Deciding that “you can’t change anything with silence,” Allyson Felix—the most decorated U.S. track and field athlete in history—made headlines in 2019 for publicly challenging Nike with discrimination against female athletes who become mothers. Her action led to a public outcry, Congressional inquiry, and new maternity protections from Nike and other companies.
This month, she announced that 2022 will be her final season as a competitor – and she’ll be running for women and a better future for her daughter.
Here are highlights from her conversation about the power of speaking out with Erica Williams Simon at the 2021 Massachusetts Conference for Women.
Erica Williams Simon. There was actually a large part, if not the majority of your life and career where you felt as if it was too risky for you to speak up, to use your voice to advocate for yourself. And I think many of us can relate to feeling as if there is a cost to speaking up, a cost to advocating. But what was the cost to you of not being able to be your full self for so long, of being silent?
Allyson Felix. It’s been such a journey to get to a place where I can speak out. And for the longest time, I felt like my job is to win medals, my job is to run fast, and nobody really cared about anything else as long as I’m getting that done. And I think it just took a lot of real-life experiences to give me that courage. You know, going through becoming a mother and some of the difficulty that I went through with my former sponsor, and all of those things: They just made me understand the weight of this platform and that there actually is power in speaking your truth and that things can come from that.
Simon. In 2019, you wrote an op-ed in The New York Times, speaking out against, or really, maybe against is a strong word, but taking on Nike for what you considered discrimination. What made you decide that was the time to speak up?
Felix. Well, I was terrified to speak up. Let’s start there. I was absolutely scared. I was a very private person. And so going through this whole ordeal was way outside of my comfort zone. But what was happening was ever since I became a professional athlete, which was 17 years old, I had seen women in my sport become mothers and they would either hide their pregnancies. They would either have to quit or have their contracts paused. And I was going through the same thing.
It came to a place where they were willing to do it for me, but not for everyone else and not to set that precedent. But that wasn’t going to work. I thought about my daughter and did not want her to fight the same fight. And so, I just deeply believed that it was the right thing to do, and I felt compelled to do it.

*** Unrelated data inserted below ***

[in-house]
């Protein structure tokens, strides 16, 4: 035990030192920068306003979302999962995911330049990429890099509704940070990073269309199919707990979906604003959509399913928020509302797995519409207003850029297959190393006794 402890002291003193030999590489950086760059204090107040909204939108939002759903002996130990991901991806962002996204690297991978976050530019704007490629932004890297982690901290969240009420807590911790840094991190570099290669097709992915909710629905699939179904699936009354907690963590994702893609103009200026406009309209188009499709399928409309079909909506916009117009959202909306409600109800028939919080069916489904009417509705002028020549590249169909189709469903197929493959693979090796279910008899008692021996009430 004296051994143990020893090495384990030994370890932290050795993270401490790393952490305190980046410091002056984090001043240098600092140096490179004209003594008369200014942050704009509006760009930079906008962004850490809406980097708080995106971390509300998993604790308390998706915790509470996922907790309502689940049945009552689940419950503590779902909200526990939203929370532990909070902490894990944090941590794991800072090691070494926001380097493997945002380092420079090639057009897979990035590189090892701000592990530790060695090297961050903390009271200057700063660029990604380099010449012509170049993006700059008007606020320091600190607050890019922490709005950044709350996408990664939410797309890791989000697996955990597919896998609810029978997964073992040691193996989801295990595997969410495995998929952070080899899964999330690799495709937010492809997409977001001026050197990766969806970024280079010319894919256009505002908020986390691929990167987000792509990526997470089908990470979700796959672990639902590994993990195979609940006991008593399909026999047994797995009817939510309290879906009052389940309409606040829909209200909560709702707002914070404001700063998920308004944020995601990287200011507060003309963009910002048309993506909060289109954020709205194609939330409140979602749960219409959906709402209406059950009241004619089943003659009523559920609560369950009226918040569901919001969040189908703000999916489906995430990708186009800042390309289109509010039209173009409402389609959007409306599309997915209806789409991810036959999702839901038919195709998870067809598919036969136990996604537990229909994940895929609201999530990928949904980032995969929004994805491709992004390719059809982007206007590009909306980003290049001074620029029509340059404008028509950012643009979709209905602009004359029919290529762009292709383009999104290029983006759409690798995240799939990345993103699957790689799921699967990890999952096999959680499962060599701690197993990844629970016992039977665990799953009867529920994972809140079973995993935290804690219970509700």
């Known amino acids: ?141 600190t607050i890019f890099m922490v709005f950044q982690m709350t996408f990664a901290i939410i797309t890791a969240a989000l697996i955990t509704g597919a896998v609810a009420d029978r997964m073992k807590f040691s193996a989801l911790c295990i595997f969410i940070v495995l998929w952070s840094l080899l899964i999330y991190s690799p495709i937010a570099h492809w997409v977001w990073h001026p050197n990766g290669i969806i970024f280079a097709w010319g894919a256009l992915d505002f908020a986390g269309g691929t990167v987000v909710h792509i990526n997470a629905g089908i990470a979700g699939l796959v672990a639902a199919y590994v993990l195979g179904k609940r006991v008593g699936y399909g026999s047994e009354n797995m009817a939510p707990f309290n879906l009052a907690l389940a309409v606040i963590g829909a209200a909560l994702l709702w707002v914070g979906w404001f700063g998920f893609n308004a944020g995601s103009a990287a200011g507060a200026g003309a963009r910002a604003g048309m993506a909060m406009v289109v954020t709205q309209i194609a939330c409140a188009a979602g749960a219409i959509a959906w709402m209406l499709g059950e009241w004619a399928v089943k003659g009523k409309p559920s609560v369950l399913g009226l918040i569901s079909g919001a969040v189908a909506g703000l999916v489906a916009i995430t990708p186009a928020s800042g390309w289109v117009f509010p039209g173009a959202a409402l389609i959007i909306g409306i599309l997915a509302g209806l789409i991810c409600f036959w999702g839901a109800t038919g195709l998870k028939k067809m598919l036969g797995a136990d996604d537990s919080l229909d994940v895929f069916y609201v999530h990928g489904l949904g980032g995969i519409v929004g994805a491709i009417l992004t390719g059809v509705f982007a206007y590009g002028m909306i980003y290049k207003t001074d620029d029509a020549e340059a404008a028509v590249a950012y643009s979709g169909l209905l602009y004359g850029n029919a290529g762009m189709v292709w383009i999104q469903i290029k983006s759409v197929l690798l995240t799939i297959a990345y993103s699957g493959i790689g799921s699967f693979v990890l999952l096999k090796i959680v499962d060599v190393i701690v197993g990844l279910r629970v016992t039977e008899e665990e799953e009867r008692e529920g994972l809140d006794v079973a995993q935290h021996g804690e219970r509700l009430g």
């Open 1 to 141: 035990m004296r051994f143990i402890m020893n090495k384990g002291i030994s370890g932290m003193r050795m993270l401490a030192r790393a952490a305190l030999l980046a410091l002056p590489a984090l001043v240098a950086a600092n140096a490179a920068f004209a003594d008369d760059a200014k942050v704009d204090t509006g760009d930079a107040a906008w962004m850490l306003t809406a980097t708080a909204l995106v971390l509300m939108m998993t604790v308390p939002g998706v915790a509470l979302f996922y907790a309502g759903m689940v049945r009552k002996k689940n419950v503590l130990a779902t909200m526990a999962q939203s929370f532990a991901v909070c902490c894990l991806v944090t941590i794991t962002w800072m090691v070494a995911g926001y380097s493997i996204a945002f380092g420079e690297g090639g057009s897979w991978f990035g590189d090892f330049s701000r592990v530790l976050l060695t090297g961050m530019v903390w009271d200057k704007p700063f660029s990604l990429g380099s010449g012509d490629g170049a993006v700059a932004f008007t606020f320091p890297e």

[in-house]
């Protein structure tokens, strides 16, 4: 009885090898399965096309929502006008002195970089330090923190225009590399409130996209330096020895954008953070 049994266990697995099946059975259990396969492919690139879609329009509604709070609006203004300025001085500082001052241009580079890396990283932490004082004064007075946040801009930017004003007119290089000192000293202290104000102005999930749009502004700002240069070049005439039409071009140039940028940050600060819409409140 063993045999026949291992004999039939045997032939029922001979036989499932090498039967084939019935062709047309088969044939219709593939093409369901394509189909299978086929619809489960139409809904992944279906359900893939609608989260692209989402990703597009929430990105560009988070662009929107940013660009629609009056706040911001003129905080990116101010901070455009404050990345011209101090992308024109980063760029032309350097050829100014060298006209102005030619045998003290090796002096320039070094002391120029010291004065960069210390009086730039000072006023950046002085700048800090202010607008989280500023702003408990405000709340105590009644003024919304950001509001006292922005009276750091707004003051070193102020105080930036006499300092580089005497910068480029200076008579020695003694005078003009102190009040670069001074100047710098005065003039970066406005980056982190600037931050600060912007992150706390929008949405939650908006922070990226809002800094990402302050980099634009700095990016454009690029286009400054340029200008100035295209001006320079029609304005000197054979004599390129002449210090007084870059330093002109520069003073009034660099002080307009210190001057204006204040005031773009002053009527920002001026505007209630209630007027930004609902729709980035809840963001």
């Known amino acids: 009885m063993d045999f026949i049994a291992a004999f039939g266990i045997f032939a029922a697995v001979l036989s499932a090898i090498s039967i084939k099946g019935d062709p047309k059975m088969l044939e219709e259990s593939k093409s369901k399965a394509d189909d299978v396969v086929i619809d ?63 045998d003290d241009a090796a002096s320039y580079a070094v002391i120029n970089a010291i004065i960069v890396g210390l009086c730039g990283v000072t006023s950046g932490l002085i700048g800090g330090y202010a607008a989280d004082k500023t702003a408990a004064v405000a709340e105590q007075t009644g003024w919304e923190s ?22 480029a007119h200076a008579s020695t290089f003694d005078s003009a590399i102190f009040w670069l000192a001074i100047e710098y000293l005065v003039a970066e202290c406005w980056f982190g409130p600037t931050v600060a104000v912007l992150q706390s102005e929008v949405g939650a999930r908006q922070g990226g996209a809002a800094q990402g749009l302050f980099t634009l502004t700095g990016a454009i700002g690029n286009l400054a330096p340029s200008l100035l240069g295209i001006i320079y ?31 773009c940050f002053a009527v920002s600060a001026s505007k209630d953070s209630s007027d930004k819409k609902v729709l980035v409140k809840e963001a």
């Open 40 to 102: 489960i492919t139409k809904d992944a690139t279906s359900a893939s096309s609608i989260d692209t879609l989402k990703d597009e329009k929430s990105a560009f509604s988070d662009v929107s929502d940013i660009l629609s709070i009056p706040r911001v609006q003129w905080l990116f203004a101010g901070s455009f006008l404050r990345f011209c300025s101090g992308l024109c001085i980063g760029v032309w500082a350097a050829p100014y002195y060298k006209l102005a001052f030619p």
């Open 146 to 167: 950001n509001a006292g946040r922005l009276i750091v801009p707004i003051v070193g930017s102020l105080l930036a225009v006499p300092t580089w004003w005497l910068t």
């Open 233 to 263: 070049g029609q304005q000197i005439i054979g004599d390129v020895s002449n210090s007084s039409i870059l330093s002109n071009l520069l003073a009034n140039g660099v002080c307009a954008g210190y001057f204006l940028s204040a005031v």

Simon. Now, in your case, there were results. Nike and three other companies also followed suit and changed those policies for women. But for many of us, we don’t see those results as quickly or as obviously and clearly. What do you say to women who are like, “I’m just so tired of fighting this fight”?
Felix. I would say start small. It can feel very big, some of these issues that we’re tackling. It can feel like a lot to take it all on, but I think we can small in our own circles, we can have our own conversations, bring them to the forefront. We can bring things to the table when things aren’t going the way that they should. I think for far too long, we sat back and just accepted some of these [gender inequities] and it’s time to come forward. Also, there is power in the collective. And when we do come forward, things can happen. In some instances, it can happen quickly. So, I think we have to understand that our voice does have power.
Simon. How did you determine what your worth was?
Felix. It was definitely a journey. And I think when things got really difficult, it even became hard for me to really understand my worth because when you’re in a position where a company is saying, “This is your value.” It can be hard to mix that up with, “Well, maybe that is my worth. Maybe I am not really worthy. Maybe I, you know, can’t do this anymore.” And it started to make me think twice. I had to stop myself from that and to really surround myself with the people who were going to build me up, people who knew my true worth and my true value and hold firm to that. And I would say it goes back to, honestly, my parents teaching me my value and that it’s all about character and integrity and all of those things and holding firm.